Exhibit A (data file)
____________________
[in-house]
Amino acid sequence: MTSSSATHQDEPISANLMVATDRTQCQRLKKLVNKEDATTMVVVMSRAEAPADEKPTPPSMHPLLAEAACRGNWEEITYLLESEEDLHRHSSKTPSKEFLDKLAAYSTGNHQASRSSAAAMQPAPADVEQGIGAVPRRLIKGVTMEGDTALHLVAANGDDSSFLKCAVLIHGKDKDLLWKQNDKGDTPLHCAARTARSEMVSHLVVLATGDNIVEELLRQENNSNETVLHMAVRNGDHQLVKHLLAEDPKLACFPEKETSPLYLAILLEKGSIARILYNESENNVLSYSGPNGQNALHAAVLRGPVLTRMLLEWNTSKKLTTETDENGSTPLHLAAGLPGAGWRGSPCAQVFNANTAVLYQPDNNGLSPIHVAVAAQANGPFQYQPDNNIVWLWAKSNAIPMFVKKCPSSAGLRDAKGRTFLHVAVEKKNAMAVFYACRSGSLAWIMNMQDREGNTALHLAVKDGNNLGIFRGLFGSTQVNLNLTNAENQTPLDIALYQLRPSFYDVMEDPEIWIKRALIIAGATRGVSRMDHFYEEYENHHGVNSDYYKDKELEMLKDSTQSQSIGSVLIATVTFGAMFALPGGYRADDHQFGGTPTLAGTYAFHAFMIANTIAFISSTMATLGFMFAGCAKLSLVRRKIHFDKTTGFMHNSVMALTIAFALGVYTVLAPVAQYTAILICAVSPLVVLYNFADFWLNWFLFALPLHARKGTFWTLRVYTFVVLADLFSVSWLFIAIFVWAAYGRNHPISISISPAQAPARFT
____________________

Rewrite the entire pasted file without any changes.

[in-house]
Amino acid sequence: MTSSSATHQDEPISANLMVATDRTQCQRLKKLVNKEDATTMVVVMSRAEAPADEKPTPPSMHPLLAEAACRGNWEEITYLLESEEDLHRHSSKTPSKEFLDKLAAYSTGNHQASRSSAAAMQPAPADVEQGIGAVPRRLIKGVTMEGDTALHLVAANGDDSSFLKCAVLIHGKDKDLLWKQNDKGDTPLHCAARTARSEMVSHLVVLATGDNIVEELLRQENNSNETVLHMAVRNGDHQLVKHLLAEDPKLACFPEKETSPLYLAILLEKGSIARILYNESENNVLSYSGPNGQNALHAAVLRGPVLTRMLLEWNTSKKLTTETDENGSTPLHLAAGLPGAGWRGSPCAQVFNANTAVLYQPDNNGLSPIHVAVAAQANGPFQYQPDNNIVWLWAKSNAIPMFVKKCPSSAGLRDAKGRTFLHVAVEKKNAMAVFYACRSGSLAWIMNMQDREGNTALHLAVKDGNNLGIFRGLFGSTQVNLNLTNAENQTPLDIALYQLRPSFYDVMEDPEIWIKRALIIAGATRGVSRMDHFYEEYENHHGVNSDYYKDKELEMLKDSTQSQSIGSVLIATVTFGAMFALPGGYRADDHQFGGTPTLAGTYAFHAFMIANTIAFISSTMATLGFMFAGCAKLSLVRRKIHFDKTTGFMHNSVMALTIAFALGVYTVLAPVAQYTAILICAVSPLVVLYNFADFWLNWFLFALPLHARKGTFWTLRVYTFVVLADLFSVSWLFIAIFVWAAYGRNHPISISISPAQAPARFT